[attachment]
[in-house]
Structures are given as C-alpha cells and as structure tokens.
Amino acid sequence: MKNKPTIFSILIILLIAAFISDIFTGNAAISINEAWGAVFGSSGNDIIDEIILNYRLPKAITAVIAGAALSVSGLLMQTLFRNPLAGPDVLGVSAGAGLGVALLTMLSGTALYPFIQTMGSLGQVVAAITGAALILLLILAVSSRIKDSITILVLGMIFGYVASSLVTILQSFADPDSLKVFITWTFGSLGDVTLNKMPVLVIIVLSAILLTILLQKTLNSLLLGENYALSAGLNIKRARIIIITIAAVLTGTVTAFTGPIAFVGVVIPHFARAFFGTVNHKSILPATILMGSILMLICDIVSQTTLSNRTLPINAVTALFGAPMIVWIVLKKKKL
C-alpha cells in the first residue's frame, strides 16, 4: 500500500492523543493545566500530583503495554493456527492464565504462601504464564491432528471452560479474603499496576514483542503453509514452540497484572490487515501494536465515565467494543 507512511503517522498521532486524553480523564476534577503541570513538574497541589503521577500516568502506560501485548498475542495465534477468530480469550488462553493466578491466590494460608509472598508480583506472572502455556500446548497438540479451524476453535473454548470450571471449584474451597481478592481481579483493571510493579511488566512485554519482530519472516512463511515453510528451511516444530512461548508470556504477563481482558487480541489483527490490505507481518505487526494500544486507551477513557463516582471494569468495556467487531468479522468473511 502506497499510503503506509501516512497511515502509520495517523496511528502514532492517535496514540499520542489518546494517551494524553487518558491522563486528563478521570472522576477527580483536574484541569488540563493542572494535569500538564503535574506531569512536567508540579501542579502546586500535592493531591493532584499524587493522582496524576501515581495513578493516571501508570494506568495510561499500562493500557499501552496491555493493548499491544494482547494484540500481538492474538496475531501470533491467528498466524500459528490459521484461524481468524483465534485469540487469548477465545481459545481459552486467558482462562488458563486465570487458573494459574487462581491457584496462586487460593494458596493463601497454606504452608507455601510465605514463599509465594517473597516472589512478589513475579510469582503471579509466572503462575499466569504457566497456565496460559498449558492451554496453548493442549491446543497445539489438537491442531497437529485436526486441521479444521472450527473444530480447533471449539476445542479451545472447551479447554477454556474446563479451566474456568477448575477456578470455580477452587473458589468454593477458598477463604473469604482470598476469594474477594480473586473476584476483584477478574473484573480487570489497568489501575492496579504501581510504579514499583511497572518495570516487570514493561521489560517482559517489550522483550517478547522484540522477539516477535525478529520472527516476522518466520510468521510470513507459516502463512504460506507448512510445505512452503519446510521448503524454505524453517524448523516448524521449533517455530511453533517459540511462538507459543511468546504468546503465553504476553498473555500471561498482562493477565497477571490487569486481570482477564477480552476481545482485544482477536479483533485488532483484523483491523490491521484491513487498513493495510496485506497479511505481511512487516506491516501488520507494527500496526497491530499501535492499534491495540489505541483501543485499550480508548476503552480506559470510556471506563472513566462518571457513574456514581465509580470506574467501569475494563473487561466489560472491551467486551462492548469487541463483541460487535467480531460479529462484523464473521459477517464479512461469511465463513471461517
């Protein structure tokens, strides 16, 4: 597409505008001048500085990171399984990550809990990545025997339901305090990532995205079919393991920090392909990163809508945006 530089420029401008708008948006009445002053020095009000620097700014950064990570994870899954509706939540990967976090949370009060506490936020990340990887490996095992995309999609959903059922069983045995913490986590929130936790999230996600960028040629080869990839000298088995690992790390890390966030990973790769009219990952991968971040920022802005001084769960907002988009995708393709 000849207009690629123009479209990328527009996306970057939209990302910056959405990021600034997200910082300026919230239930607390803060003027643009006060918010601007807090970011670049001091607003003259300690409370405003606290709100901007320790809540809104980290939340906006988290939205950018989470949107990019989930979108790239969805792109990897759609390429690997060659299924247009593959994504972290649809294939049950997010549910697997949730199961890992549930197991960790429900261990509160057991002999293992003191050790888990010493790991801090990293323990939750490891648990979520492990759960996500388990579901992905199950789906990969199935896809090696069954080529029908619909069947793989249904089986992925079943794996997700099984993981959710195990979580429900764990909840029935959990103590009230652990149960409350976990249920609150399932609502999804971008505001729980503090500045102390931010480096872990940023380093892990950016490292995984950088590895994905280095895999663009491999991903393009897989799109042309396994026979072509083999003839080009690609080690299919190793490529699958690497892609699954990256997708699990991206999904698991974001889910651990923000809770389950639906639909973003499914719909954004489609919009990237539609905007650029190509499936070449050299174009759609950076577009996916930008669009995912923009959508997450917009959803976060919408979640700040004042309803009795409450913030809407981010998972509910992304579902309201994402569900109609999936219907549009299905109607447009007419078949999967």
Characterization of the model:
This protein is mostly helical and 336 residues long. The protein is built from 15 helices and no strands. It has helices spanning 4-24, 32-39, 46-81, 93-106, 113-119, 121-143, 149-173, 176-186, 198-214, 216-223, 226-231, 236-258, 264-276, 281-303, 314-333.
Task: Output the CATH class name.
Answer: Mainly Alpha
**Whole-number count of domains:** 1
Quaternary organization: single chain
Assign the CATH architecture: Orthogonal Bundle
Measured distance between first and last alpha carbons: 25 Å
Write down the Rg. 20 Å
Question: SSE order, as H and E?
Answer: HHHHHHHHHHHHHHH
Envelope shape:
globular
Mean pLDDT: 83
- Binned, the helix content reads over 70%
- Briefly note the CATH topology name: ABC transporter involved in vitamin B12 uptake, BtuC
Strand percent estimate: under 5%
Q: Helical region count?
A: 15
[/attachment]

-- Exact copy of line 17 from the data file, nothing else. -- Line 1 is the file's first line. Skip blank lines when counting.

Envelope shape: